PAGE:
[OT] legality of DVD backup

David Bovill david at vaudevillecourt.tv
Mon Nov 8 14:31:51 EST 2010

Here is a good link for Faire Use - http://centerforsocialmedia.org/fair-use

Oh - and another probably more important point which has nothing to do with
the copying - is the issue of "public broadcast", so while you can watch a
DVD with friends at home, in a school is another matter - which is why a lot
of schools will have licences explicitly taken out for this. For some reason
I've never quite understood copyright lawyers seem to have it in for
screenings in "prisons" for instance.

Again the faire use issue comes in - if it is entertainment then there is no
faire use defence, but if it is used for critical comment and analysis in an
education setting, then there is more of a case

Here is an example of the sort of generally accepted exemption within
schools and colleges in the USA: - taken from this

*Face-to-face Exemption*
> Many of you may know that there is an exception to the public performance
> fees for college and universities. That exception is only in the case of
> face-to-face classroom instruction by a faculty member. The faculty member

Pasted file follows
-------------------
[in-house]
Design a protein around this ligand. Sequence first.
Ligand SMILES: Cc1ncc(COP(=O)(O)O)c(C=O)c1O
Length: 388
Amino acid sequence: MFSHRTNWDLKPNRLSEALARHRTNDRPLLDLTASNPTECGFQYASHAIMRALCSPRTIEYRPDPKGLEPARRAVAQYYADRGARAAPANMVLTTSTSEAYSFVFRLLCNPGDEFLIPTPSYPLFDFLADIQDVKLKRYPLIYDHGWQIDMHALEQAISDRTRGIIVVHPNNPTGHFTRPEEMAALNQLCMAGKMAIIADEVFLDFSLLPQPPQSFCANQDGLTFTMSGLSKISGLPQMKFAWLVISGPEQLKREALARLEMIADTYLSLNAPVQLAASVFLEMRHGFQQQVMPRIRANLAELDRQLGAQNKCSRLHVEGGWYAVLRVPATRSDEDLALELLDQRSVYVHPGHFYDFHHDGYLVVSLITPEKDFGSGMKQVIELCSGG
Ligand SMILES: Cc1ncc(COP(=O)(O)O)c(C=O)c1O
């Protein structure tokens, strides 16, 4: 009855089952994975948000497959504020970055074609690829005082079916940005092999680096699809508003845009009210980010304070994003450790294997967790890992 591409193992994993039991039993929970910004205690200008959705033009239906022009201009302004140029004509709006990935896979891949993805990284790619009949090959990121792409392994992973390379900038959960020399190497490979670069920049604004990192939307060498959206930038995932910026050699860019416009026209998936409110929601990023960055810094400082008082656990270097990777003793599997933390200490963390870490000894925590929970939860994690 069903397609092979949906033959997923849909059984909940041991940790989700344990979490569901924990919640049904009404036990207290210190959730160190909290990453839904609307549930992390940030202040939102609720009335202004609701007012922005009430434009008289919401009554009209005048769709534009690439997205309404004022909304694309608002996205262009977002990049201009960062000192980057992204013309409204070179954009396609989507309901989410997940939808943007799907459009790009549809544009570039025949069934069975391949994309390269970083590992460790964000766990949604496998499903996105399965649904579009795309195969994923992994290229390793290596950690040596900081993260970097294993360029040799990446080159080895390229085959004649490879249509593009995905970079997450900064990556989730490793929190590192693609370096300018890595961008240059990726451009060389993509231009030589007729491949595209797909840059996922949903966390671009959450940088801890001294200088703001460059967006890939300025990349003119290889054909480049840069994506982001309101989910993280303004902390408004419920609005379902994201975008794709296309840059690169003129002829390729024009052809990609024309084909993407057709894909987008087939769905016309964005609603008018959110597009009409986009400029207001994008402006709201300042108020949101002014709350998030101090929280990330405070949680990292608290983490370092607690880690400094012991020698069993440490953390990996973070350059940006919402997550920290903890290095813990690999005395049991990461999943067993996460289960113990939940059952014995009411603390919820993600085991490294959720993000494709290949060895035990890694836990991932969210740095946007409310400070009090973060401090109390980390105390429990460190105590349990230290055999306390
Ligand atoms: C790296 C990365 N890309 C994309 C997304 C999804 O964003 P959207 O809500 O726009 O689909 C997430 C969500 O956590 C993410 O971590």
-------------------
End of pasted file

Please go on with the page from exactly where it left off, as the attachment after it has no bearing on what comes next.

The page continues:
> may show the film/movie outside the normal class period (at night for
> example), however, it is only for those students who are registered for the
> class. The movie must also be shown in spaces that are designated for
> instruction; therefore library screening rooms, residence hall or student
> union lounges, cafeterias do not qualify. A faculty member cannot show it
> for his/her class and then open it up to the rest of the campus. In order to
> invite others, the public viewing rights must be purchased. Acceptable
> attendance for films in which the copyright is not purchased only include
> students registered for the class, the instructor and guest lecturer(s).

And for EU - this page <http://wapedia.mobi/en/DVD_consumer_rights> is

On 8 November 2010 18:58, Marc Siskin <msiskin at andrew.cmu.edu> wrote:

> Richmond,
> One "legal" factor you want to keep in mind is the number of concurrent
> playbacks per dvd.  The backup argument is only good as long as you have a
> DVD for each concurrent viewing of the movie.  E.g. 3 concurrent viewings =
> 3 DVDs.
> And all of this is in the realm of non-tested law.  I would get your
> school's attorney's approval (they should be willing to defend you if you
> are asked to cease and desist).

On a related note - if you want to really break the law - all you need to do
is sing "happy Birthday to you" in school or any public space -

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